IUCN Red List

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For prelims UPSC asks about 3 types of questions from the Red List

  1. Identify the species based on data given
  2. Identify the type of dangers or level of extinction a particular species faces
  3. The conservation efforts being taken for a particular species.

This page should help with most.

Types of classification

Following are the 9 categories in the IUCN red list:

  • Extinct (EX) – No known individuals remaining.
  • Extinct in the wild (EW) – Known only to survive in captivity, or as a naturalized population outside its historic range.
  • Critically endangered (CR) – Extremely high risk of extinction in the wild.
    • Reduction in population size (>90% over the last 10 years)
    • Population size (number less than 50 mature individuals)
    • Quantitative analysis showing the probability of extinction in wild in at least 50% in their 10 years)
    • It is therefore considered to be facing an extremely high risk of extinction in the world.
  • Endangered (EN) – High risk of extinction in the wild.
    • Reduction in population size (70% over the last 10 years)
    • Population size (estimated to number fewer than 250 mature individuals)
    • Quantitative analysis showing the probability of extinction in wild in at least 20% in their 20 years
    • It is therefore considered to be facing a very high risk of extinction in the wild.
  • Vulnerable (VU) – High risk of endangerment in the wild.
    • Reduction in population size (>50% over the last 10 years)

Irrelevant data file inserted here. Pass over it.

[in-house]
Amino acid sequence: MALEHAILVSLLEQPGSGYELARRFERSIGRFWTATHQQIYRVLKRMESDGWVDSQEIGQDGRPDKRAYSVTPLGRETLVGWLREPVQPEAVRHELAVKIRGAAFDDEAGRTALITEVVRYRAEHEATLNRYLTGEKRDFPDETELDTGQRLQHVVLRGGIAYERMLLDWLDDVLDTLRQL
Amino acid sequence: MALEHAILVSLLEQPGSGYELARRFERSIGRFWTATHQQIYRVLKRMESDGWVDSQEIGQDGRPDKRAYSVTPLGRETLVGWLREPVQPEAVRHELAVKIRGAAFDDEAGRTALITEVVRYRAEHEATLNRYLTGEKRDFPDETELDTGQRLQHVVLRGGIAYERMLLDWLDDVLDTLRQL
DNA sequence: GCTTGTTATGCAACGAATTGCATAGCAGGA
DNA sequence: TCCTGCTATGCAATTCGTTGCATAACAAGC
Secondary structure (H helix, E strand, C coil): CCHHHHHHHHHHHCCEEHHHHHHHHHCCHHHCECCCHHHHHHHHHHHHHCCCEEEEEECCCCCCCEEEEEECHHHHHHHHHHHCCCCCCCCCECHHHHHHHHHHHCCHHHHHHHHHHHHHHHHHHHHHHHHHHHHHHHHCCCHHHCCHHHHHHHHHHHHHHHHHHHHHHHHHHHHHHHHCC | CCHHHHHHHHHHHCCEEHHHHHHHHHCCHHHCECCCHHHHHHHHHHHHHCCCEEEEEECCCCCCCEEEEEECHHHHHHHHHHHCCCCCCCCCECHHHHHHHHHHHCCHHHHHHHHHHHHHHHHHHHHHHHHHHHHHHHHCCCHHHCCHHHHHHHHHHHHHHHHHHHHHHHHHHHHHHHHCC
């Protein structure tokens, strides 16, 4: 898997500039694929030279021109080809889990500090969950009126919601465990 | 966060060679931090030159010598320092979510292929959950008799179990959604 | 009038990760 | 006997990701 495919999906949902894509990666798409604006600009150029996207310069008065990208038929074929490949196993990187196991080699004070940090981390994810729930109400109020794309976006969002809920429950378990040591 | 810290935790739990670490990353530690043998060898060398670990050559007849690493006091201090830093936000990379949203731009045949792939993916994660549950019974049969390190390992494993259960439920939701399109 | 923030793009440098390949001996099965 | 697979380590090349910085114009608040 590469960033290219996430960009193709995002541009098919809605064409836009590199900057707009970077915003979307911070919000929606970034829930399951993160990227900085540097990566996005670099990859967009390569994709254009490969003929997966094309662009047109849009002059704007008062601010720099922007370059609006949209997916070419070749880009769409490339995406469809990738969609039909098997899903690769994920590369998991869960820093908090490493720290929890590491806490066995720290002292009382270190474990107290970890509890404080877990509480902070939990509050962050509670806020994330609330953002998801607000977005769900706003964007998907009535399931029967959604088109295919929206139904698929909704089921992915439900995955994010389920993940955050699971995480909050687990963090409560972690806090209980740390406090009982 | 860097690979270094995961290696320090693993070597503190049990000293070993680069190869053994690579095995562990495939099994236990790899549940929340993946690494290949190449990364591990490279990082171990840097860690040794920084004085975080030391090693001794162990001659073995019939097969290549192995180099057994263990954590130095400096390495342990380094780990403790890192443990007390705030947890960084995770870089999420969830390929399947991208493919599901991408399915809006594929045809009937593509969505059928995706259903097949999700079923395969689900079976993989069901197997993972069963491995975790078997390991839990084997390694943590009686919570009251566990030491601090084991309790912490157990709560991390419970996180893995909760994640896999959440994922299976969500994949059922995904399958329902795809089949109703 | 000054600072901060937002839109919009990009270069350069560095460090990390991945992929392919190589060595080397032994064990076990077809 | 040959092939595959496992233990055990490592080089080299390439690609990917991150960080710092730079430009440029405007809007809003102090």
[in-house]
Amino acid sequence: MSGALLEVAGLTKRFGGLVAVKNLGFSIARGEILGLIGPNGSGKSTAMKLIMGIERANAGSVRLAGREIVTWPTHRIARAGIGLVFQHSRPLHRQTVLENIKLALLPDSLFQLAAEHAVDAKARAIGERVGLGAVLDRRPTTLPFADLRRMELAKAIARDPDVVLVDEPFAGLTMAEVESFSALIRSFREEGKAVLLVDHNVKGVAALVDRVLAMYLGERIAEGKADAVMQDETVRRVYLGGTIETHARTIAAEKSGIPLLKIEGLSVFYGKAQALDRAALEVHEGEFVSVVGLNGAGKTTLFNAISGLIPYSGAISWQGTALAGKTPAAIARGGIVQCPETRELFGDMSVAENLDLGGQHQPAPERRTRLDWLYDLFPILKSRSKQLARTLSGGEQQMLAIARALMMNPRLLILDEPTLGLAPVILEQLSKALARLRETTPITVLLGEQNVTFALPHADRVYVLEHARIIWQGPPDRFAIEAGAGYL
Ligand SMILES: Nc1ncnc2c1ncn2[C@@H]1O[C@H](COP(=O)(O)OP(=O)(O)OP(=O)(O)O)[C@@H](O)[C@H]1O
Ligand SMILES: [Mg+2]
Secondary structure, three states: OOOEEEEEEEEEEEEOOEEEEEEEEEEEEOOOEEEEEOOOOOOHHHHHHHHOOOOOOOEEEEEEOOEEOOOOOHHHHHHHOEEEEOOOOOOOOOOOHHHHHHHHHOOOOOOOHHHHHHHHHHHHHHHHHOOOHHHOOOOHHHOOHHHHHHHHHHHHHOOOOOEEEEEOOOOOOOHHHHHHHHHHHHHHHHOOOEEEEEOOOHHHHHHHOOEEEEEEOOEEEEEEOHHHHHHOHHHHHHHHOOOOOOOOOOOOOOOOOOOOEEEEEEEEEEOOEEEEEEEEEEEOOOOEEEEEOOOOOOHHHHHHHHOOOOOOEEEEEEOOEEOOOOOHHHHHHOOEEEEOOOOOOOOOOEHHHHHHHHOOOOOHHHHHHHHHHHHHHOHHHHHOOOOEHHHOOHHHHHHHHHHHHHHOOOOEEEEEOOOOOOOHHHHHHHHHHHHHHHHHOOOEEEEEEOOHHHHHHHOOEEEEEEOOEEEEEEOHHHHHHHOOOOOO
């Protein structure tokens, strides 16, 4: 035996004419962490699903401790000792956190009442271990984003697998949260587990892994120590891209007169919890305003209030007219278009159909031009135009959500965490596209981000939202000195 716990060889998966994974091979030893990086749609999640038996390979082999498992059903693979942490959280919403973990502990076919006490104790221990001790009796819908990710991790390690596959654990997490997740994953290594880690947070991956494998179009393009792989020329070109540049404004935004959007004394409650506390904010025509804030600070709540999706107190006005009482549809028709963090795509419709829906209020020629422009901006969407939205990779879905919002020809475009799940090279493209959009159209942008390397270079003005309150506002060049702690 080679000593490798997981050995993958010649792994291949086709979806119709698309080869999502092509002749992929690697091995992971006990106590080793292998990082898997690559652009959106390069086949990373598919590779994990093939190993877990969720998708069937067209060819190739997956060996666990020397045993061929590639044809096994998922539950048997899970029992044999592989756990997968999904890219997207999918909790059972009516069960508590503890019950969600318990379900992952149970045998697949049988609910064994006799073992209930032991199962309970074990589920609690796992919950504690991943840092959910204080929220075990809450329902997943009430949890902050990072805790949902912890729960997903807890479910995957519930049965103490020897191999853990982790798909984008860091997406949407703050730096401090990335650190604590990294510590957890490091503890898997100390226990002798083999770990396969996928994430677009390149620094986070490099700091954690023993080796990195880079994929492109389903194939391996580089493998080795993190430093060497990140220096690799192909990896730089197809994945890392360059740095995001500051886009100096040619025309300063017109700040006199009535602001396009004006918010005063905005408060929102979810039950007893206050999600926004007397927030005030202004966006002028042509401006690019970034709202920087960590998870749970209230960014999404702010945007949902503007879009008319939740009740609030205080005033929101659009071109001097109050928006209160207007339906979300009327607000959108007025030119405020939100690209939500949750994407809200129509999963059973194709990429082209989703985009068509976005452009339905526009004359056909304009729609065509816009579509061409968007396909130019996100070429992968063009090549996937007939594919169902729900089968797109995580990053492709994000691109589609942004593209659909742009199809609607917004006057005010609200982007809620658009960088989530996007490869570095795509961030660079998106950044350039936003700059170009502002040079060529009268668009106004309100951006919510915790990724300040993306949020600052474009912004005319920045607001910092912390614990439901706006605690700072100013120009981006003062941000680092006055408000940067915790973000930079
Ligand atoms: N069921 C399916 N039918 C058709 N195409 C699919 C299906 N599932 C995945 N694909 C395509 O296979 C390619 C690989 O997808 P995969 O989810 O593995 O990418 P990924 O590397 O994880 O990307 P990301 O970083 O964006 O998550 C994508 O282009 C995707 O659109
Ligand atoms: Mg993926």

• Population size (estimated to number fewer than 10,000 mature individuals)
    • Quantitative analysis showing the probability of extinction in wild in at least 10% within 100 years)
    • It is therefore considered to be facing a high risk of extinction in the world.
  • Near threatened (NT) – Likely to become endangered in the near future.
  • Least concern (LC) – Lowest risk. It does not qualify for a more at-risk category. Widespread and abundant taxa are included in this category.
  • Data deficient (DD) – Not enough data to assess its risk of extinction.
  • Not evaluated (NE) – Has not yet been evaluated against the criteria
IUCN Red list chart.
Critically Endangered Endangered Vulnerable Least Concern
Hump-backed Mahseer (Torremadeviiis) Golden Langur (Trachypithecusgeei) Great Hornbill (Bucerosbicornis) Saltwater Crocodile
Malabar Civet (Viverracivettina) Dhole/Asiatic wild dog or Indian wild dog (Cuonalpinus) Mugger Crocodile (marsh crocodile or broad-snouted crocodile) Golden Jackal
Rameshwaram ornamental tarantula (Rameshwaram parachute spider) Lion-tailed macaque/Wanderoo (Macacasilenus) Sarus Crane (Grusantigone)
Peacock Tarantula (Gooty Tarantula, Metallic Tarantula, Peacock Parachute Spider) Nilgiri Tahr Olive Ridley Turtle (Pacific Ridley Sea Turtle)
Bengal Florican (Houbaropsisbengalensis) Indian Pangolin Snow Leopard
Great Indian bustard (Ardeotisnigriceps) Indus River Dolphin (Platanista minor) The Greater one-horned (or Indian Rhino)
Gharial (Gavial or fish-eating crocodile) Malabar tree toad (Pedostibestuberculosus), or warty Asian tree toad Wreathed Hornbill
Sumatran Rhino
Javan Rhino
Chinese Pangolin

Critically Endangered Species

Hump-backed Mahseer (Torremadeviiis)